And we came to the conclusion that if we were to make another Procol Harum album, that we'd do it like we did it before. If we could write some songs, that's the start. If you can't write some songs, well then there is no start. You have to say let's make a Procol Harum album, we have got to have some songs. So, I started writing with Keith and it worked out really well. So, then I 'phoned up Matthew Fisher and he said, 'Yeah I'm around'. He came down and he wrote some songs with us. And that worked out well. And so, we started recording. Unfortunately BJ Wilson died while we were recording, while we were doing this ... which was a ... which was a terrible tragedy. And so he wasn't able to take part. But I think we had accomplished a lot. It was very difficult to make an album after all that time because you're also thinking, 'Well what will people want from a Procol Harum album you know ... thirteen - fourteen years after our last one. What is Procol Harum, what does our music mean? What is our character?' We didn't know, really. All it was we could say just 'Be ourselves, be truthful.' So, we spoke the truth, and in fact it was very well received. But the suits ... you know who the suits are?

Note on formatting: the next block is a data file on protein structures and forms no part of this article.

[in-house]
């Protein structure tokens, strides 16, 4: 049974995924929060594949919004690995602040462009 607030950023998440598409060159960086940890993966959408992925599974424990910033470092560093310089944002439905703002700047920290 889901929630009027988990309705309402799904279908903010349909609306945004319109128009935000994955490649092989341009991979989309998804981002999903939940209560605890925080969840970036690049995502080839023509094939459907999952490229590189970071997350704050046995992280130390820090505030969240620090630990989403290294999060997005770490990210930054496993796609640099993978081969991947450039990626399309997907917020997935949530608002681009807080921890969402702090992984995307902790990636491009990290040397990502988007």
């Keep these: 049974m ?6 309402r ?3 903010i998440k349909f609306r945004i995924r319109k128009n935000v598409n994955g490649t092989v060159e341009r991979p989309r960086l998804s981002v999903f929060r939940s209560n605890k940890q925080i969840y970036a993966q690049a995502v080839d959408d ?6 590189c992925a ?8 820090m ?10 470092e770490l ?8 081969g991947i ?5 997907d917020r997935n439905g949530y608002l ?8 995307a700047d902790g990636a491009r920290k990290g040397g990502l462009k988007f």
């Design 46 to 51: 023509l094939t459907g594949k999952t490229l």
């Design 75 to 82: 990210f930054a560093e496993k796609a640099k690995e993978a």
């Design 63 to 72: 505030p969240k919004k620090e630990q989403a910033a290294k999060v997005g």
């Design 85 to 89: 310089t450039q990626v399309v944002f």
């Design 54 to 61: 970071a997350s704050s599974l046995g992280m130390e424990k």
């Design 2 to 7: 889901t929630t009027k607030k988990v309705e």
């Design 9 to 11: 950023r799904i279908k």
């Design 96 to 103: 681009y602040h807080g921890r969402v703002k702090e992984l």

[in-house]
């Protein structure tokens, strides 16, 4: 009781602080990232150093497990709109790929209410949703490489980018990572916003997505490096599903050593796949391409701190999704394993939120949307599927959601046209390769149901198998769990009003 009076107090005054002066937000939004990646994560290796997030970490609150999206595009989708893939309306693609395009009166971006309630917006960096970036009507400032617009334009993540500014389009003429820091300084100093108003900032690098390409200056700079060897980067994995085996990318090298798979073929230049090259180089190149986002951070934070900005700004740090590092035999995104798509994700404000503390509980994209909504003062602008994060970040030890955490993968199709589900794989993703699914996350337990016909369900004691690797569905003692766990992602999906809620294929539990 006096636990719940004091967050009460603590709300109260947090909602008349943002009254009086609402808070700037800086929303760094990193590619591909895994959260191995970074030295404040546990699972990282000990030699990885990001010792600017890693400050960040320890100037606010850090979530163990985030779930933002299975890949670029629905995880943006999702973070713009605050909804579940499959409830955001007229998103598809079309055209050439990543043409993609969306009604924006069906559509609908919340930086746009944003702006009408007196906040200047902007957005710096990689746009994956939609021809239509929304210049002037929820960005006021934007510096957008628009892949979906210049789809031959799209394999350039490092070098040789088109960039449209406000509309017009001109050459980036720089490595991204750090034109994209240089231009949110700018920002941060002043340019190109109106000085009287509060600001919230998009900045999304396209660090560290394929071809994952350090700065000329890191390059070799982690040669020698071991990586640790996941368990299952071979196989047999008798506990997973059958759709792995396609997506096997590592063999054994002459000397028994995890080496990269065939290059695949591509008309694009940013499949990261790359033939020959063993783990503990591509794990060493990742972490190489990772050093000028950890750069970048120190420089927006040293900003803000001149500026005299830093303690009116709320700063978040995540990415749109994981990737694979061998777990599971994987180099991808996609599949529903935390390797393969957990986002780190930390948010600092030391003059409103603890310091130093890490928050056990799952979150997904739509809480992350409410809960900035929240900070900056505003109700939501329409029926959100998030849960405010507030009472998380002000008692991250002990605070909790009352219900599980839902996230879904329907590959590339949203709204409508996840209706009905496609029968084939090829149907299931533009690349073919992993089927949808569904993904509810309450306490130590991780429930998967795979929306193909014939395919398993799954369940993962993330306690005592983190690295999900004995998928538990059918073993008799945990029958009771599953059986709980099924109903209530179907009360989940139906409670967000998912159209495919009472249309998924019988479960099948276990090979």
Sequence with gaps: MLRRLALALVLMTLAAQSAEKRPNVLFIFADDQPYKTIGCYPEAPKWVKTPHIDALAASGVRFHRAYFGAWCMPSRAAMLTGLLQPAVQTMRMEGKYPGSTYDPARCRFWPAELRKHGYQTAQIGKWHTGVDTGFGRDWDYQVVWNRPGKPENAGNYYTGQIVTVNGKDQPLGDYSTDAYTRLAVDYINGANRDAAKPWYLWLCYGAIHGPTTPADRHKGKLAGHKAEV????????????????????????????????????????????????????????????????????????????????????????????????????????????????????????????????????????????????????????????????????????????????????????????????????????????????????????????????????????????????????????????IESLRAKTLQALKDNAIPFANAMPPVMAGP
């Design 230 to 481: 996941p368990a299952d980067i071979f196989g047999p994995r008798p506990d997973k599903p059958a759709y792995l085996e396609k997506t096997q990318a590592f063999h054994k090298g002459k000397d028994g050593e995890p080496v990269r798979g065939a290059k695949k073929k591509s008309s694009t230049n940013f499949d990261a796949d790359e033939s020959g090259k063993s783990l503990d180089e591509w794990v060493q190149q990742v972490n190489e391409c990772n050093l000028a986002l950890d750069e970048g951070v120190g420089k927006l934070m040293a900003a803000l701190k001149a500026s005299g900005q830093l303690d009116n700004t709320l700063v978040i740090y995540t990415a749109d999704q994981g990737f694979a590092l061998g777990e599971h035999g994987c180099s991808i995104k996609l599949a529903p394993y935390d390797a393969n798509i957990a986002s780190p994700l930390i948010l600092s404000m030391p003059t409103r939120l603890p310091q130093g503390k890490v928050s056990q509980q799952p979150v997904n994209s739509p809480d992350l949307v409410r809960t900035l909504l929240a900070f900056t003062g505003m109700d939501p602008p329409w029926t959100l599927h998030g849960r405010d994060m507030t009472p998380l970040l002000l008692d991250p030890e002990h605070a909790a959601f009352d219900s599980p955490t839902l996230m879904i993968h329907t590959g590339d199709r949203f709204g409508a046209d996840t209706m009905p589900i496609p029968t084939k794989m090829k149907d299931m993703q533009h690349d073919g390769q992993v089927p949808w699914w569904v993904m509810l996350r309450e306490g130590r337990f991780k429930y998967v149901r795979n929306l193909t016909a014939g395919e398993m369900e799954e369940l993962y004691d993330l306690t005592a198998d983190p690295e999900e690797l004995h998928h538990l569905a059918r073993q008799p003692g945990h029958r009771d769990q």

Eh ... the suits are the businessmen. Didn't get enough sales out of that. So they cut off our recording contract. They didn't think 'Oh Procol Harum, you know they're good for five albums, they'll get better and better. They don't think like that these days. It's like, 'If you put so much into an album, and you don't get it back, then let's move on to something else.' That's not music to me.
Holding On ... anti-fundamentalist song ...
Ah, I think Keith again has ... in Holding On conjured up imagery. Actually we recorded that and he wrote when the Gulf War was on ... I think you know references to deserts and idolatry and religious conflicts – contrary to what they should be, in that religion ought to be teaching us what is good ... we ought to appreciating what is good – what was coming out of it was war. And I suppose it's a little bit of an anti-war song.
And that's how it ends!